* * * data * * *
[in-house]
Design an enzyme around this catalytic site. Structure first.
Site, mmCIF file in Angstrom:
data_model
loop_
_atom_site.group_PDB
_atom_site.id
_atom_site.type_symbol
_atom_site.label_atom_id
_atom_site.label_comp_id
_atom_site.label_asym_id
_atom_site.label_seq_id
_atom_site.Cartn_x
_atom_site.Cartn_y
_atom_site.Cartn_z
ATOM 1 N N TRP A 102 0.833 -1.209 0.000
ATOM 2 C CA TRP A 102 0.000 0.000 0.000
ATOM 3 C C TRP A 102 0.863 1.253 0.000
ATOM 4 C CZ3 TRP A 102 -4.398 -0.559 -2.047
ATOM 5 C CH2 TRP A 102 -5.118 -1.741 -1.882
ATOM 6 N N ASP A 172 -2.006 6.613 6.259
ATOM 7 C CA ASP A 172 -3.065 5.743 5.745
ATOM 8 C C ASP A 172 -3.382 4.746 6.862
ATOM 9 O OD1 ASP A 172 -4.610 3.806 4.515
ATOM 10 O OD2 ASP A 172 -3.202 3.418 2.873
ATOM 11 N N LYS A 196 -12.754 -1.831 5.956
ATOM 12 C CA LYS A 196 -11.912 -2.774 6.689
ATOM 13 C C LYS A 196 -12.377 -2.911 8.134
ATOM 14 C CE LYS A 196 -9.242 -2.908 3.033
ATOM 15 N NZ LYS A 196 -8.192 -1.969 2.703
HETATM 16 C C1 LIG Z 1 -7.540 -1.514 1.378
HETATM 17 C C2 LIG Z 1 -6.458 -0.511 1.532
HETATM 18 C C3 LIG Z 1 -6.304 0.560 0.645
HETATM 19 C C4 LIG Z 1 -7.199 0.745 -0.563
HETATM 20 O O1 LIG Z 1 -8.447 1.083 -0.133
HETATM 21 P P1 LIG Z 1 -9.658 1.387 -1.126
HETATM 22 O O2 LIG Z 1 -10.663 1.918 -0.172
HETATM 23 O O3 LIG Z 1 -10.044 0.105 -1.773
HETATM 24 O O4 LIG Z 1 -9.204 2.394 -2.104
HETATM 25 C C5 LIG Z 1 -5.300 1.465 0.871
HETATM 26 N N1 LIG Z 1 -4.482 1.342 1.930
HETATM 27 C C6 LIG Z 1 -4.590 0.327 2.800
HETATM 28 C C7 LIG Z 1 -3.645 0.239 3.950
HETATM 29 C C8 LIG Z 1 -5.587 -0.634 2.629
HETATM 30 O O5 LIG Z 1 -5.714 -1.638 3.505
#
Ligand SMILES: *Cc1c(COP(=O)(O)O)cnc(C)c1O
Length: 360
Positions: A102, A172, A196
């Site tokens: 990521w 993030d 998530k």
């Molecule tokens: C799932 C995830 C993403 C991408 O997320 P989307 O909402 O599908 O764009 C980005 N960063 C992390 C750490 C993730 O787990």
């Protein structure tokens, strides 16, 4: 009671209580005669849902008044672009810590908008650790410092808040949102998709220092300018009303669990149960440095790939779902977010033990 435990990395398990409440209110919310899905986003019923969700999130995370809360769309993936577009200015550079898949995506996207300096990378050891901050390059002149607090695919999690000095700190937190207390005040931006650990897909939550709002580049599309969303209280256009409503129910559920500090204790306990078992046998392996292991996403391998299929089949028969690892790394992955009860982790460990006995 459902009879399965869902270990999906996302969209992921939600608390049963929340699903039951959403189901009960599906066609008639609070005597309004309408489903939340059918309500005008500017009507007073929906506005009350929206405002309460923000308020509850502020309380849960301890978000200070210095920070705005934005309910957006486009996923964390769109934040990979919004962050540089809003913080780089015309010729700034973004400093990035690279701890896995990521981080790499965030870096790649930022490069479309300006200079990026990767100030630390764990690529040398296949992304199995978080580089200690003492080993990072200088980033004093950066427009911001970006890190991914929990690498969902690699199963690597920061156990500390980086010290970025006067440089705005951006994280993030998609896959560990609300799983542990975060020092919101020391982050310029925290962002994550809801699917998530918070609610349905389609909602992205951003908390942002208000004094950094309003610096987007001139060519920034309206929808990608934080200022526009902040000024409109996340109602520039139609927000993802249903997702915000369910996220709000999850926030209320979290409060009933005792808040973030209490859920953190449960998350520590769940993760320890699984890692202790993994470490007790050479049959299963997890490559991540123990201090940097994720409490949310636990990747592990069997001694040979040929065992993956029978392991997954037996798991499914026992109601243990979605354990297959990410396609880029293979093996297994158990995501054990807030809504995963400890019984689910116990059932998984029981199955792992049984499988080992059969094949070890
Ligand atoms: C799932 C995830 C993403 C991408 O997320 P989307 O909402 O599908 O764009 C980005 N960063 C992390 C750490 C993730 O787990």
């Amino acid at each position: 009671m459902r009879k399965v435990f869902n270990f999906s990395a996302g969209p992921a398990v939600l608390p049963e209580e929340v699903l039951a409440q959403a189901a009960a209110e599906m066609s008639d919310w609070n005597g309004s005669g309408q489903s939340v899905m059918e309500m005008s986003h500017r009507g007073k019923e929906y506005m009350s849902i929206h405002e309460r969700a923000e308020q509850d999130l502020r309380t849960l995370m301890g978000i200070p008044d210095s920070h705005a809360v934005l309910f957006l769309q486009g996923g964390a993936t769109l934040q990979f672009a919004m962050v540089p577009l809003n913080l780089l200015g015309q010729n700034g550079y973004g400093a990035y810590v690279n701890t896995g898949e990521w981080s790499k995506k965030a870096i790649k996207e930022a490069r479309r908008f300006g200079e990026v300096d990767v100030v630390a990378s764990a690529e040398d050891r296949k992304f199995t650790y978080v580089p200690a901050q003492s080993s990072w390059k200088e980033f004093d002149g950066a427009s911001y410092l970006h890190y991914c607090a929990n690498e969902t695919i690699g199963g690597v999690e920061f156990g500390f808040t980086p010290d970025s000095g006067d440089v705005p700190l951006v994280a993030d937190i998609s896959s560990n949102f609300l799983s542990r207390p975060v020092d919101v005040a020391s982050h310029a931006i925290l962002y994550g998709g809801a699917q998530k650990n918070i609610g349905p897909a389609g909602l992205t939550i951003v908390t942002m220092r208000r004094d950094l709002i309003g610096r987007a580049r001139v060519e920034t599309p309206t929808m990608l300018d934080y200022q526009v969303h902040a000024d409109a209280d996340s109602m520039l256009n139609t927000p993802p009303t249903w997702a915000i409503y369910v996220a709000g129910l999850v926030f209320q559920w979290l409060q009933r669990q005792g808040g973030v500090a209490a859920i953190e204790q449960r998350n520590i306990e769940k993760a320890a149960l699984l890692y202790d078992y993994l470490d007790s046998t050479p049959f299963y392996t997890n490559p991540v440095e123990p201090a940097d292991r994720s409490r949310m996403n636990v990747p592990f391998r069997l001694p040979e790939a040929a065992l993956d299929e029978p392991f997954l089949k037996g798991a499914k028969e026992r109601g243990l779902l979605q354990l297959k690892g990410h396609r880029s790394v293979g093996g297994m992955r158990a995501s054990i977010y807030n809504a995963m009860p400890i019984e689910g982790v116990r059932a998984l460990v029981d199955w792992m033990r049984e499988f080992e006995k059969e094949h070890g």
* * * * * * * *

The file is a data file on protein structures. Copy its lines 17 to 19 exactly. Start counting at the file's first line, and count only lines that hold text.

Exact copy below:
ATOM 2 C CA TRP A 102 0.000 0.000 0.000
ATOM 3 C C TRP A 102 0.863 1.253 0.000
ATOM 4 C CZ3 TRP A 102 -4.398 -0.559 -2.047